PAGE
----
THE REQUIREMENTS FOR MAXIMUM TAX DEFERRAL
You'd think it would be fairly simple to list the requirements to
defer the maximum amount of capital gain taxes through the use of a
Section 1031 exchange. As I set out to write this article, though, I
realize that like a lot of other aspects of exchanges, it takes a
little thought and effort to describe things accurately.
One-hundred percent deferral of all capital gain taxes is pretty
difficult to achieve, but we can all get close to 100% if we watch
things closely. The two primary requirements for maximum deferral are
1. Buy property with value equal to or
greater than the value of the property you sold in the exchange. (In
exchange lingo, we say "Trade up or equal.")
2. If you had debt on the property you
sold, you should have debt equal to or greater than that amount on the
new property. (In exchange parlance, it's "Mortgage up or equal.")
Already, there's a exception to point out. In item #2 above,
mortgage debt can be offset by cash contributions. In other words, if
you want to have less debt on the new property than the old one, you
can accomplish that and preserve your tax deferral by putting up more
equity (cash) out of your pocket. Example: Old property value =
$100,000; debt on old property = $50,000. New property value =
$100,000; debt on new property = $30,000. Obviously, there's $20,000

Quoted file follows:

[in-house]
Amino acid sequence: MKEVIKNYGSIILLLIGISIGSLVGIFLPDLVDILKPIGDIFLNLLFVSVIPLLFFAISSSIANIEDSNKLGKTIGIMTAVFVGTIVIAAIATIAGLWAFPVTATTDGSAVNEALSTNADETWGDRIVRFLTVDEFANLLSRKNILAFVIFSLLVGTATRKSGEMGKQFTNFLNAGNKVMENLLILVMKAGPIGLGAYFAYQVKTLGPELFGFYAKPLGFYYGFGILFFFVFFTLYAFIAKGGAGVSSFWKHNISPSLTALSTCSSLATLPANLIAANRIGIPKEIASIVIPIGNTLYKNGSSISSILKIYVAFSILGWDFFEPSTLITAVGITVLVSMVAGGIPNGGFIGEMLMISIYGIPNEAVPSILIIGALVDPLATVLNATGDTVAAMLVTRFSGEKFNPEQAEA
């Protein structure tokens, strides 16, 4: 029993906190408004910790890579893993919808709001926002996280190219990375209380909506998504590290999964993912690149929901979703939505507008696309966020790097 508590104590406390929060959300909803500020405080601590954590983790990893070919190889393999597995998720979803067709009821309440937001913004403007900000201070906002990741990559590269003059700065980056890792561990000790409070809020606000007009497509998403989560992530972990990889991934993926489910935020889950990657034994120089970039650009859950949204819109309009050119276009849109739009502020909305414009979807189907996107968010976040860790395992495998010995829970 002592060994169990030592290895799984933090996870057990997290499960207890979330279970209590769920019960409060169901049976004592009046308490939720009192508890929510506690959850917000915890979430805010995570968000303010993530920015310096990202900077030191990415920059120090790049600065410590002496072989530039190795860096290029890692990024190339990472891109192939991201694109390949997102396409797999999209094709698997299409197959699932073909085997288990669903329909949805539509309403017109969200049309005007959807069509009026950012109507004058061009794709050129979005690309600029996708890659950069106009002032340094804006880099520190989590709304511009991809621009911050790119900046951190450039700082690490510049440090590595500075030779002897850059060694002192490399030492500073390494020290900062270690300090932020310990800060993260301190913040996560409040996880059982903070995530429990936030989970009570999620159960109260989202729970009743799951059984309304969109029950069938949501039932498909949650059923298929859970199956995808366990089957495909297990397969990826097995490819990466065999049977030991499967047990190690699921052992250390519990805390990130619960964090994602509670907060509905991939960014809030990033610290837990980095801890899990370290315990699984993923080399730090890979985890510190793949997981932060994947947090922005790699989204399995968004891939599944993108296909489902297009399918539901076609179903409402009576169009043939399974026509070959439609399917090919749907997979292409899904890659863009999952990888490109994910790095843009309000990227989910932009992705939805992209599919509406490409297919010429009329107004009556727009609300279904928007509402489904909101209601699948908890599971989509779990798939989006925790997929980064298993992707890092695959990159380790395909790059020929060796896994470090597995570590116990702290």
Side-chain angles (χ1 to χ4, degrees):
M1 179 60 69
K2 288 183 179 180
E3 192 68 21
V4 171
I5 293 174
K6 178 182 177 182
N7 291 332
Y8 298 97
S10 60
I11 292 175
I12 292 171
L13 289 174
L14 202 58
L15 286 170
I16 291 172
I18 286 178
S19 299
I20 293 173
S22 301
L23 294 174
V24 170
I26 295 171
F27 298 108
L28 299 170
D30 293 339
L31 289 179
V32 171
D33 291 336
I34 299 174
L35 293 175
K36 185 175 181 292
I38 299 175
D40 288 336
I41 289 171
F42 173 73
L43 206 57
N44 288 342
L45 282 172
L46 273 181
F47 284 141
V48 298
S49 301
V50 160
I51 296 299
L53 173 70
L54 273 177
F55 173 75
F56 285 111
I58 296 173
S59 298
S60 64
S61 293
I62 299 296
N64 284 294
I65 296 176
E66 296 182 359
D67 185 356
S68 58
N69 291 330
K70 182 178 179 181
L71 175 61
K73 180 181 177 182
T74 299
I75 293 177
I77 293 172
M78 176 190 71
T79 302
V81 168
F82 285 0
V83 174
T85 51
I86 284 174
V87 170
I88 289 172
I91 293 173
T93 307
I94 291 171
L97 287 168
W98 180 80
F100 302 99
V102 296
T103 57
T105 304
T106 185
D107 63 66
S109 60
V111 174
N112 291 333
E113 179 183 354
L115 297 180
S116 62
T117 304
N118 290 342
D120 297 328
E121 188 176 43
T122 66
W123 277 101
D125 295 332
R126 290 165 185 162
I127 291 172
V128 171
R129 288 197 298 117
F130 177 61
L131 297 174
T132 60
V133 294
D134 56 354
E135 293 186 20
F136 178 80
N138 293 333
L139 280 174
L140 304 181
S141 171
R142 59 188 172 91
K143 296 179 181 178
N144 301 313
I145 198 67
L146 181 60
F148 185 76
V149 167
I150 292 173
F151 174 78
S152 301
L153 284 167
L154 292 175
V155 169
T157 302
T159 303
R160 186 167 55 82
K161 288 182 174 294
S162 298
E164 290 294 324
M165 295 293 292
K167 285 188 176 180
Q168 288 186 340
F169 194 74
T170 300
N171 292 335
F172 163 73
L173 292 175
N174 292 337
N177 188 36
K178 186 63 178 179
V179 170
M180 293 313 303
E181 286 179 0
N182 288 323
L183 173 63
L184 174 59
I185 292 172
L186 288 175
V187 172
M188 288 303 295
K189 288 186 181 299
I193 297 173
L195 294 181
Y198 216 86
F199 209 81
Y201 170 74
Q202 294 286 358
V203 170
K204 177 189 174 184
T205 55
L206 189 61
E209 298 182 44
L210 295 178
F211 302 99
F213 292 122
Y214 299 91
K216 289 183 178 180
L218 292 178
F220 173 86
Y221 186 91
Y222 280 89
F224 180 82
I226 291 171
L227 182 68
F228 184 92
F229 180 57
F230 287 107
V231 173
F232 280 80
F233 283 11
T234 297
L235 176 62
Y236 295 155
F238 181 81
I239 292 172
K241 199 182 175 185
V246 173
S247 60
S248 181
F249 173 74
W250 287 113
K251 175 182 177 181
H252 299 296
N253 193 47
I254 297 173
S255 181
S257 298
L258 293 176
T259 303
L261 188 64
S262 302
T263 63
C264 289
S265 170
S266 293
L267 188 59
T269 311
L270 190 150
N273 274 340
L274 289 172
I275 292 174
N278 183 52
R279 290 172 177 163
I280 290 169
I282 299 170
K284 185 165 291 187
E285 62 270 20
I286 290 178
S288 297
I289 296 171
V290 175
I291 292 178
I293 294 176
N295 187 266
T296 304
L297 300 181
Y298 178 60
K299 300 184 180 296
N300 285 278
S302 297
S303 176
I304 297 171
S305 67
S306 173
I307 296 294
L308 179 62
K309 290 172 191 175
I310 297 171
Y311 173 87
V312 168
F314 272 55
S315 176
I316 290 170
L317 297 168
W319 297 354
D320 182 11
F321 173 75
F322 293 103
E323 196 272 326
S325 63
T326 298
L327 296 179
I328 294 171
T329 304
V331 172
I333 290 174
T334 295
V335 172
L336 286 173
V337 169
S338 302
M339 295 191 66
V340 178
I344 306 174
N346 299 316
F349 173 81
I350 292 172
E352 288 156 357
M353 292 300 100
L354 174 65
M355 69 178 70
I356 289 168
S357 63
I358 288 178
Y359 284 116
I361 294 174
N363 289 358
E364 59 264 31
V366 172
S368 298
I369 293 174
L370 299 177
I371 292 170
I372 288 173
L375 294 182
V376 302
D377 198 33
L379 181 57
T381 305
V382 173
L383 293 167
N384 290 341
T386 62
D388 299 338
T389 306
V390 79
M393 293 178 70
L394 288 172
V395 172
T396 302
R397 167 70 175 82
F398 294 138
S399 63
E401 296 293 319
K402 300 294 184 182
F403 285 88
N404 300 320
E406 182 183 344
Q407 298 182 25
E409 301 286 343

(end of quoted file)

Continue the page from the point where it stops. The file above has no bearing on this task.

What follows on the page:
that has to come from somewhere, probably your pocket. Assuming the
$20,000 comes from you, your cash offsets your old debt and you have
preserved the deferral of taxes on that amount. You haven't "mortgaged
up or equal," but you've offset your mortgage with cash.
Some people think that the next requirement for maximum tax deferral
is pretty obvious, and I suppose they're right. I still like to say it
when I'm talking about maximizing your deferral, though. It is this:
3. Allow all of the proceeds from the
sale of your old property to go into your exchange account, and use all
of those proceeds in the new property.
In other words, if you don't use all of your sale proceeds in the
new property, you're going to create a tax liability on anything you
accept and don't use in that manner.
The last requirement is also pretty evident, but still is worthy of mention:
4. Conduct your exchange within the Safe Harbor of Section 1031 law.
Use an intermediary for your exchange. Have your exchange paperwork
in place prior to the closing on the property you're selling. Identify
your replacement property in the proper manner within the 45-day window
allowed. Wrap up the closing of your replacement property before the
end of the 180-day exchange period. And so forth.
Going one step further... you may have noticed that I have not ever
referred to "full tax deferral" above. There are some items that appear
on most closing statements that are not possible to avoid. If you are
using a loan for part of the purchase price of the new property, there
will likely be some expenses that relate to that loan that are not
considered "exchange expenses." Among those expenses are such things as:
- Points or assumption fees
- Charges for credit reports
- Title insurance or opinion
- Loan fees/application fees
We advise our clients and their closing agents to settle tax
prorations, security deposit transfers, and any rent prorations outside
of closing. Sometimes they do and sometimes they don't. When they
don't, again, those are costs that are not considered exchange expenses.
And lastly, keep in mind that no one forces you to maximize your tax
deferral. If you wish to receive some of the proceeds of the sale and
are willing to accept the tax liability for doing so, you are certainly
entitled to do so.